Female sex hormones have a strong effect on the psyche. This has been confirmed by numerous scientific studies and by phenomena such as the “baby blues,” a bout of low mood following childbirth, or recurrent mood swings that occur prior to menstruation. However the male sex hormone testosterone also affects our mood and emotions, as well as our libido — and in a positive way.

In a study published in the journal Biological Psychiatry, researchers from the MedUni Vienna have now discovered a potential biological mechanism behind this relationship.

As they grow older and as their sex hormone output falls, men suffer more commonly from depression and some studies have already demonstrated a positive effect of testosterone supplementation on the moods of the test subjects. Now, the study led by Rupert Lanzenberger from the University Department of Psychiatry and Psychotherapy has demonstrated for the first time worldwide that testosterone increases the number of serotonin transporters (proteins) in the human brain. These proteins regulate the concentration of serotonin and are also the target for antidepressants.

Serotonin transporters increased after just four weeks of hormone therapy

As a model for investigating the effect of testosterone, the researchers from the MedUni Vienna chose hormone therapy given to transsexuals. Says primary author Georg Kranz: “Transsexuals are people who feel that they are living in the wrong body and who therefore want high doses of opposite gender hormone therapy to adapt their appearance to that of the other gender. Genetic women are given testosterone, while genetic men are given oestradiol and medications to suppress testosterone production.”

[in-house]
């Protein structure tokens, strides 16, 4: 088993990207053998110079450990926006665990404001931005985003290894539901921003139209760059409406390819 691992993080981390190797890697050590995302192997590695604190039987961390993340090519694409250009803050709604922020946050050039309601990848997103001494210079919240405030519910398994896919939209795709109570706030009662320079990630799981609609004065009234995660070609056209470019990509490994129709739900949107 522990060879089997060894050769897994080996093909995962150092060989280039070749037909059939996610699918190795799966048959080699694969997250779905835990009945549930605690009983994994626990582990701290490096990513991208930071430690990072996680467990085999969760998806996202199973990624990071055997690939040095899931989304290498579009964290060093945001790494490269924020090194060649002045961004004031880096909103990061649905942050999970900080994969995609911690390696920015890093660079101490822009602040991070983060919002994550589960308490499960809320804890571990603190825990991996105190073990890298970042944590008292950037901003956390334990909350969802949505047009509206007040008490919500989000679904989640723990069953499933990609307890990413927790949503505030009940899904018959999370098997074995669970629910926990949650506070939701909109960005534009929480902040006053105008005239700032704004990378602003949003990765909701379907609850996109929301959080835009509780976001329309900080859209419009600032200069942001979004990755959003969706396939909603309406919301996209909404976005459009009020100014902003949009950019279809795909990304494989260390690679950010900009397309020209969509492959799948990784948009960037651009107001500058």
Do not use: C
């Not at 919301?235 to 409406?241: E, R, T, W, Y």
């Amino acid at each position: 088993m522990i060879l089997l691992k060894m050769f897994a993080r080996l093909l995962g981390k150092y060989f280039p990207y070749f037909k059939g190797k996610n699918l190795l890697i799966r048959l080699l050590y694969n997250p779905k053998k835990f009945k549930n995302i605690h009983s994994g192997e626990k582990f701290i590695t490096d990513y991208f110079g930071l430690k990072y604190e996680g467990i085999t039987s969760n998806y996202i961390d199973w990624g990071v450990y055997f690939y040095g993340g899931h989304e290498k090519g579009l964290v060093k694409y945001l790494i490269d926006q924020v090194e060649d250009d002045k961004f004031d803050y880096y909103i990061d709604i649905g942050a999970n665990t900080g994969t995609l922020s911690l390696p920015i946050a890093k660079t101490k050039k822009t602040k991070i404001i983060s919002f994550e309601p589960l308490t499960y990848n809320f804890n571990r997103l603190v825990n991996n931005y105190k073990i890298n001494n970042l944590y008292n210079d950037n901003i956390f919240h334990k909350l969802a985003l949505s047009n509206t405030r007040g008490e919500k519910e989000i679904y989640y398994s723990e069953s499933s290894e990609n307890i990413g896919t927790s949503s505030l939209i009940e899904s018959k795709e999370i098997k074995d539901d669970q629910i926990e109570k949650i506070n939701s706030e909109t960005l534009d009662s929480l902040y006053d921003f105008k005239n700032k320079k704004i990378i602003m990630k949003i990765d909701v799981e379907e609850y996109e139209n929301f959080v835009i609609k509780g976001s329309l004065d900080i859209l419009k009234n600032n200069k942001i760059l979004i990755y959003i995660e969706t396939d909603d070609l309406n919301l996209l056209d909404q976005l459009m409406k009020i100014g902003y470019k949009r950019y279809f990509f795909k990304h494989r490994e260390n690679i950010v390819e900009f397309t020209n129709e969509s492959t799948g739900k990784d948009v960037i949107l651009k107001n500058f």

Using the imaging method of positron emission tomography (PET), the scientists together with Wolfgang Wadsak and Markus Mitterhauser from the Clinical Department of Nuclear Medicine and Ulrike Kaufmann from the University Department of Gynaecology have demonstrated that serotonin transporter levels in the brain are significantly higher after just four weeks of hormone therapy with testosterone and that they rise further if therapy continues. Moreover, a close relationship has also been demonstrated between testosterone levels in the blood and the concentration of serotonin transporters.

“The study has shown that testosterone increases the potential binding sites for commonly prescribed antidepressants such as SSRIs in the brain and therefore provides major insights into how sex hormones affect the human brain and gender differences in psychiatric illnesses,” says Siegfried Kasper, Head of the University Department of Psychiatry and Psychotherapy at the MedUni Vienna.

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Note: Material may have been edited for length and content. For further information, please contact the cited source.

Medical University of Vienna   press release


Georg S. Kranz, Wolfgang Wadsak, Ulrike Kaufmann, Markus Savli, Pia Baldinger, Gregor Gryglewski, Daniela Haeusler, Marie Spies, Markus Mitterhauser, Siegfried Kasper, Rupert Lanzenberger. High-Dose Testosterone Treatment Increases Serotonin Transporter Binding in Transgender People.   Biological Psychiatry, In Press January 2015. doi: 10.1016/j.biopsych.2014.09.010

Low Testosterone, Man Boobs and Dolly Parton….

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By Dr. Elliot Lach

Man Boobs

The article linked below as well as the references that are highlighted provide an easy to understand logic behind, visceral obesity as it relates to low T,high estrogen, prostate problems, wheat and bread consumption.

It’s a vicious cycle, low t results in increased visceral fat- which
increases aromatase- which increases estrogen and lowers testosterone, which contributes to prostate enlargement, which raises risk factors for early death, type 2 diabetes etc, etc.

This is one of the reasons I favor paying attention to estrogen production in obesity and in TRT and prescribing DIMM in men who are potentially going to be getting prostate hypertrophy, ie after age 45 plus or minus. – Dr. Elliot Lach…/…/the-dolly-parton-effect/

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Clinic: 781-269-5953
Direct: 617-869-7961
Fax: 617-336-3400